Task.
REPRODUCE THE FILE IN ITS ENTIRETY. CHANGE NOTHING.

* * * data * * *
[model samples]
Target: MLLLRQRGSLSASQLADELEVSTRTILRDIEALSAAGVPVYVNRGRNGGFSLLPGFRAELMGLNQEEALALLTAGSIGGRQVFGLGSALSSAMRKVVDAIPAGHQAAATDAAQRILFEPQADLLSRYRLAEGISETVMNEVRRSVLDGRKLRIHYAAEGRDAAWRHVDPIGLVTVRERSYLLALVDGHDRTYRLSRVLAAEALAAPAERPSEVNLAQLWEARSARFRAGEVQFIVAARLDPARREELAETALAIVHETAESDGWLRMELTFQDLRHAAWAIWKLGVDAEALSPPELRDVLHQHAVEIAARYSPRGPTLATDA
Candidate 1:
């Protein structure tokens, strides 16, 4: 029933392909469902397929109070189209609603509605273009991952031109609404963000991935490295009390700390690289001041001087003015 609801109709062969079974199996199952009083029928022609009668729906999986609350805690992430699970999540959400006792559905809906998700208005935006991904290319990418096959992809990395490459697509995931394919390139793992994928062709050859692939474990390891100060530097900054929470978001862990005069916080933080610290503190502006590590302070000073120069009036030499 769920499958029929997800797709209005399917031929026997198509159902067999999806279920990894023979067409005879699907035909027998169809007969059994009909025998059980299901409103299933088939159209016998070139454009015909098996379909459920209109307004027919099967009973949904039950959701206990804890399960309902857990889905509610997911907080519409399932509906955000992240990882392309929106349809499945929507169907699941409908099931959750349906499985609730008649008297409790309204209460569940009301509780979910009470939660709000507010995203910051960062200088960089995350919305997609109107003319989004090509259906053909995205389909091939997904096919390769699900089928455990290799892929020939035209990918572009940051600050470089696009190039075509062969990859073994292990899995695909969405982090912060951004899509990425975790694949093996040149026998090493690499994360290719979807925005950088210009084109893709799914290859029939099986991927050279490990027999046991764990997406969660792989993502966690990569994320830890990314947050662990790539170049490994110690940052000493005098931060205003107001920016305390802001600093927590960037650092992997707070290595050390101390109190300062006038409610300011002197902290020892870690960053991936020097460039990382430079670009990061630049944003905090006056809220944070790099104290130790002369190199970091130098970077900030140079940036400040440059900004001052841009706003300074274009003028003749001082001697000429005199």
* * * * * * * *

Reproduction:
[model samples]
Target: MLLLRQRGSLSASQLADELEVSTRTILRDIEALSAAGVPVYVNRGRNGGFSLLPGFRAELMGLNQEEALALLTAGSIGGRQVFGLGSALSSAMRKVVDAIPAGHQAAATDAAQRILFEPQADLLSRYRLAEGISETVMNEVRRSVLDGRKLRIHYAAEGRDAAWRHVDPIGLVTVRERSYLLALVDGHDRTYRLSRVLAAEALAAPAERPSEVNLAQLWEARSARFRAGEVQFIVAARLDPARREELAETALAIVHETAESDGWLRMELTFQDLRHAAWAIWKLGVDAEALSPPELRDVLHQHAVEIAARYSPRGPTLATDA
Candidate 1:
């Protein structure tokens, strides 16, 4: 029933392909469902397929109070189209609603509605273009991952031109609404963000991935490295009390700390690289001041001087003015 609801109709062969079974199996199952009083029928022609009668729906999986609350805690992430699970999540959400006792559905809906998700208005935006991904290319990418096959992809990395490459697509995931394919390139793992994928062709050859692939474990390891100060530097900054929470978001862990005069916080933080610290503190502006590590302070000073120069009036030499 769920499958029929997800797709209005399917031929026997198509159902067999999806279920990894023979067409005879699907035909027998169809007969059994009909025998059980299901409103299933088939159209016998070139454009015909098996379909459920209109307004027919099967009973949904039950959701206990804890399960309902857990889905509610997911907080519409399932509906955000992240990882392309929106349809499945929507169907699941409908099931959750349906499985609730008649008297409790309204209460569940009301509780979910009470939660709000507010995203910051960062200088960089995350919305997609109107003319989004090509259906053909995205389909091939997904096919390769699900089928455990290799892929020939035209990918572009940051600050470089696009190039075509062969990859073994292990899995695909969405982090912060951004899509990425975790694949093996040149026998090493690499994360290719979807925005950088210009084109893709799914290859029939099986991927050279490990027999046991764990997406969660792989993502966690990569994320830890990314947050662990790539170049490994110690940052000493005098931060205003107001920016305390802001600093927590960037650092992997707070290595050390101390109190300062006038409610300011002197902290020892870690960053991936020097460039990382430079670009990061630049944003905090006056809220944070790099104290130790002369190199970091130098970077900030140079940036400040440059900004001052841009706003300074274009003028003749001082001697000429005199």